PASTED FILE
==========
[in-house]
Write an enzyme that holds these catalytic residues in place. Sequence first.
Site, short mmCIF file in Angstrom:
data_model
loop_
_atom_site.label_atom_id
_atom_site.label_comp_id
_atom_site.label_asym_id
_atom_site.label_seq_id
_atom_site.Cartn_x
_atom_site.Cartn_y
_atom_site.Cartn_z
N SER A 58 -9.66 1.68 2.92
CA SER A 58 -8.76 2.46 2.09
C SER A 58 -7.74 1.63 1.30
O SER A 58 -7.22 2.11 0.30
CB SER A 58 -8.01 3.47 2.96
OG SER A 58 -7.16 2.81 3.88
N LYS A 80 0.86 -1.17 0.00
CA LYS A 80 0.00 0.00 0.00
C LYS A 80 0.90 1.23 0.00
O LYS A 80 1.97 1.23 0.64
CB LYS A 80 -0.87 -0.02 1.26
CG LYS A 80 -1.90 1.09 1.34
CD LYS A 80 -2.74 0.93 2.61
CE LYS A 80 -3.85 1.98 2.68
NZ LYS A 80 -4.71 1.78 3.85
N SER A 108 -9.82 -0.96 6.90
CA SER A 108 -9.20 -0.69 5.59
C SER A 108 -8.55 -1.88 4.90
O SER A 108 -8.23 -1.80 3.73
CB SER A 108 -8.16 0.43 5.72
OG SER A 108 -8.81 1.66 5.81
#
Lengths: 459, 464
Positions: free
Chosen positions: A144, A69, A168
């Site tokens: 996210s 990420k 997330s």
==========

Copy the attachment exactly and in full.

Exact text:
[in-house]
Write an enzyme that holds these catalytic residues in place. Sequence first.
Site, short mmCIF file in Angstrom:
data_model
loop_
_atom_site.label_atom_id
_atom_site.label_comp_id
_atom_site.label_asym_id
_atom_site.label_seq_id
_atom_site.Cartn_x
_atom_site.Cartn_y
_atom_site.Cartn_z
N SER A 58 -9.66 1.68 2.92
CA SER A 58 -8.76 2.46 2.09
C SER A 58 -7.74 1.63 1.30
O SER A 58 -7.22 2.11 0.30
CB SER A 58 -8.01 3.47 2.96
OG SER A 58 -7.16 2.81 3.88
N LYS A 80 0.86 -1.17 0.00
CA LYS A 80 0.00 0.00 0.00
C LYS A 80 0.90 1.23 0.00
O LYS A 80 1.97 1.23 0.64
CB LYS A 80 -0.87 -0.02 1.26
CG LYS A 80 -1.90 1.09 1.34
CD LYS A 80 -2.74 0.93 2.61
CE LYS A 80 -3.85 1.98 2.68
NZ LYS A 80 -4.71 1.78 3.85
N SER A 108 -9.82 -0.96 6.90
CA SER A 108 -9.20 -0.69 5.59
C SER A 108 -8.55 -1.88 4.90
O SER A 108 -8.23 -1.80 3.73
CB SER A 108 -8.16 0.43 5.72
OG SER A 108 -8.81 1.66 5.81
#
Lengths: 459, 464
Positions: free
Chosen positions: A144, A69, A168
């Site tokens: 996210s 990420k 997330s």